March is craft month – a month that we love! The purpose of craft month is to rediscover a love of crafting, find a hobby you can do with your kids or share a hobby that you love. Or if you don’t think you’re crafty (which is nonsense, everyone is artistic in some way or another) then share a craft business that you love to support!
March happens to also be International Ideas Month. I couldn’t think of a more fitting combination. Ideas month is to remind people about the importance of new ideas. As homeschooling moms, Laura and I love STEAM activities because they teach children critical thinking, which leads to new ideas.
This week we’re sharing our favorite science activity!
The Benefits of Teaching STEAM
In recent years there has been a big push to include STEAM (science, technology, engineering, art, and mathematics) in education. In a world that is changing so fast, we need to prepare our children for careers that don’t exist yet. But how do we do this? We teach them critical thinking!
The benefits of STEAM are already manifesting themselves and are pretty great (in my opinion).
It exposes children to the creative process and is learning to see a project through from conceptualization to finished product.
Children learn to collaborate and engage in meaningful, and constructive discussions.
STEAM teaches critical thinking as children learn to problem-solve.
It is hands-on! Children aren’t allowed to get stuck in often enough these days. Learning takes place through doing and STEAM facilitates this.
Girls are encouraged to explore STEM careers. Sadly, we live in a world where girls are still underrepresented in these fields.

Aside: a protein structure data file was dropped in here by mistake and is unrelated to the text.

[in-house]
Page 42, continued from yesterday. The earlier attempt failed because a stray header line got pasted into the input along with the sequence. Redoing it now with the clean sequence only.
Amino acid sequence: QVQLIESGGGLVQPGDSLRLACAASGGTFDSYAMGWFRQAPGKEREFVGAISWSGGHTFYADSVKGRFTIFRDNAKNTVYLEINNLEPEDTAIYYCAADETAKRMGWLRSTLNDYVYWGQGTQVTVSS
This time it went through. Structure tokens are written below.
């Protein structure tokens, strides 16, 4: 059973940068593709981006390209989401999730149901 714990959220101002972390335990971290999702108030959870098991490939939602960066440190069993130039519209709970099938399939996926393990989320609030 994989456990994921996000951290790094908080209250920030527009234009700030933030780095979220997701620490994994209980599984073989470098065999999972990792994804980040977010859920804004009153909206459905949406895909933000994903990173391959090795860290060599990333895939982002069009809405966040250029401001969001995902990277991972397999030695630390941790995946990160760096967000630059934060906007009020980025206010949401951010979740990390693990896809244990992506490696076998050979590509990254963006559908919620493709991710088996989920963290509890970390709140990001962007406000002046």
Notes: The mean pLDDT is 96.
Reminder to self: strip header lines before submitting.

Children are taught to appreciate the arts in a different way. Art isn’t necessarily painted on canvas, it can also be the way a robot moves, or many other things.
The Best Science Activity For Craft Month
We’re kicking off craft month with a science activity. Lexi and I learned how to isolate the casein in milk and create “plastic”.
In the early 20th-century casein plastic was used for small items such as buttons, beads, buckles, combs, fountain pens, umbrella handles, cutlery handles, and knitting needles.
Milk contains many molecules of a protein called casein. Each casein molecule is a monomer and a chain of casein monomers is a polymer. The polymer can be scooped up and molded, which is why plastic made from milk is called casein plastic.
Adding an acid (such as vinegar) to the milk changes the pH (acidity) of the milk and makes the casein molecules unfold and reorganize. You can then scoop up the casein and mold it.
How To Make Plastic From Milk
Plastic From Milk
- 2 cups milk
- ¼ cup vinegar
- cookie cutter in desired shape
- paint and other craft supplies for decorating
- Heat the milk on the stove but do not allow it to boil.
- When milk is almost at boiling point add vinegar and stir in to separate the milk.
- Remove from the stove and pour through a fine-mesh sieve.
- Remove the chunky bits of casein from the sieve and place onto a cloth. Squeeze as much liquid out as possible. The more liquid you remove the harder your plastic will dry.
- Scrape the remaining casein from the cloth and mold into your desired shape using a cookie cutter.
- Allow the casein plastic shape to dry overnight.
- Once dry paint and decorate.
Looking for more fun craft ideas? Visit the craft section here at Mom’s Artelier for loads more simple, fun ideas!